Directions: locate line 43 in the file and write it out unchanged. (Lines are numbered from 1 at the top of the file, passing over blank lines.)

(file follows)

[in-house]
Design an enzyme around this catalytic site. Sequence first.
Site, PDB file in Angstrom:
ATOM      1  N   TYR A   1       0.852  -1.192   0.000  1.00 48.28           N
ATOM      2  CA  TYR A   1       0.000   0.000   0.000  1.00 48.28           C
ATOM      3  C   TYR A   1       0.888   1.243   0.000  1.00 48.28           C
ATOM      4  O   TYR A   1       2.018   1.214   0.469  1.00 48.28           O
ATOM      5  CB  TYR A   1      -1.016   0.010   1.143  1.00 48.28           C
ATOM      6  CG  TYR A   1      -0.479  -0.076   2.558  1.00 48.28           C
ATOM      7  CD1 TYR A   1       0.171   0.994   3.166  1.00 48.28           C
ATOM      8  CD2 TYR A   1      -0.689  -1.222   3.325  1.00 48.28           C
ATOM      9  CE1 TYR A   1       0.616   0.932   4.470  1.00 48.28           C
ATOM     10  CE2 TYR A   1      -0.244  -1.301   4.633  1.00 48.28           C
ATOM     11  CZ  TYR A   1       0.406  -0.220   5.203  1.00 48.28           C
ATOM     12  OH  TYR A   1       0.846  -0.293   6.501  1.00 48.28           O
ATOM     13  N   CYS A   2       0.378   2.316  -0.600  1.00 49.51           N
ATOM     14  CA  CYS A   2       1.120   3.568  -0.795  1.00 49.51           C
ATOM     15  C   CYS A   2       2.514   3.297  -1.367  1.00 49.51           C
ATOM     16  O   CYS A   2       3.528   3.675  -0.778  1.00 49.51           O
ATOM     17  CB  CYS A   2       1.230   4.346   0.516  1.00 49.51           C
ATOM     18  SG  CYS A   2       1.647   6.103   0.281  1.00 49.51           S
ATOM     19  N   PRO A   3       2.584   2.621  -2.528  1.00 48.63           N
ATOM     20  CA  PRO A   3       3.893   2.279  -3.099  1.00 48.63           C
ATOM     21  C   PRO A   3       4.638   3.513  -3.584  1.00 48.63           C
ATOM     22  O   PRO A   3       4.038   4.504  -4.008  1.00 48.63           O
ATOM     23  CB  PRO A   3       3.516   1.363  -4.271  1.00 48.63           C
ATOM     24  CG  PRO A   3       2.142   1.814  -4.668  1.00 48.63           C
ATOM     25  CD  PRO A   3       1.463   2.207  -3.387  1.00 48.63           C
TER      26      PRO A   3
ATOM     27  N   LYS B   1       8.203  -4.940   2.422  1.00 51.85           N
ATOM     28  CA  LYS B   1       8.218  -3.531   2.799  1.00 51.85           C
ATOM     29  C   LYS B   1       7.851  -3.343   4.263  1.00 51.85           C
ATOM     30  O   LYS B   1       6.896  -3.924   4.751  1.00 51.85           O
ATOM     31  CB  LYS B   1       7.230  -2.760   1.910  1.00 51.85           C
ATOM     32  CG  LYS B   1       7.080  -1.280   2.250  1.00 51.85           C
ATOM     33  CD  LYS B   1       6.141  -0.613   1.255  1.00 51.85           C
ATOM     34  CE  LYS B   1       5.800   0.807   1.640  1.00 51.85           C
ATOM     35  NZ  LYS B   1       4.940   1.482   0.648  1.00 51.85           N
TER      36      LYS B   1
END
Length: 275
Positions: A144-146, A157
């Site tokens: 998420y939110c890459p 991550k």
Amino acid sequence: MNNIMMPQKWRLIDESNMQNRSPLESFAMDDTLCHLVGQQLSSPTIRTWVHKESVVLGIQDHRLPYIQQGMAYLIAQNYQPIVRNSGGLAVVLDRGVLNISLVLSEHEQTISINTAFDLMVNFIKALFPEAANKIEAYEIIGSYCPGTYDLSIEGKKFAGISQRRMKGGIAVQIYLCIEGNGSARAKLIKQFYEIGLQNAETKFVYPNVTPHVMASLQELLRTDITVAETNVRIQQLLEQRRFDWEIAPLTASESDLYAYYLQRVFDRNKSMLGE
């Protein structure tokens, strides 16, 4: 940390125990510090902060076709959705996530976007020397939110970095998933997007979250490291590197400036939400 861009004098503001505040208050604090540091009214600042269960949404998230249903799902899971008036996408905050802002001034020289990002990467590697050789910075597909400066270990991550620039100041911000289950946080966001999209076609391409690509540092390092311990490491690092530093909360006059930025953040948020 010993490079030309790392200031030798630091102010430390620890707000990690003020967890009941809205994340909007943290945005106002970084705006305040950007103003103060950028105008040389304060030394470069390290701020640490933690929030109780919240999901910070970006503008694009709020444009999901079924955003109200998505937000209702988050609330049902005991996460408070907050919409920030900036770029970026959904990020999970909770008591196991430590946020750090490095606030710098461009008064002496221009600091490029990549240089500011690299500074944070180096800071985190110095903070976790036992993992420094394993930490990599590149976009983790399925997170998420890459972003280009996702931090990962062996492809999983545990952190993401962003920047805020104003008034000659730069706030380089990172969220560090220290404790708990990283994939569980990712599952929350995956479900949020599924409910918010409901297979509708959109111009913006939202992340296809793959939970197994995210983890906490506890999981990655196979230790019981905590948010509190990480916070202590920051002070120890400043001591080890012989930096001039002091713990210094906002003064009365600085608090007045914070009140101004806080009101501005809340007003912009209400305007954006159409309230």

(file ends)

């Site tokens: 998420y939110c890459p 991550k």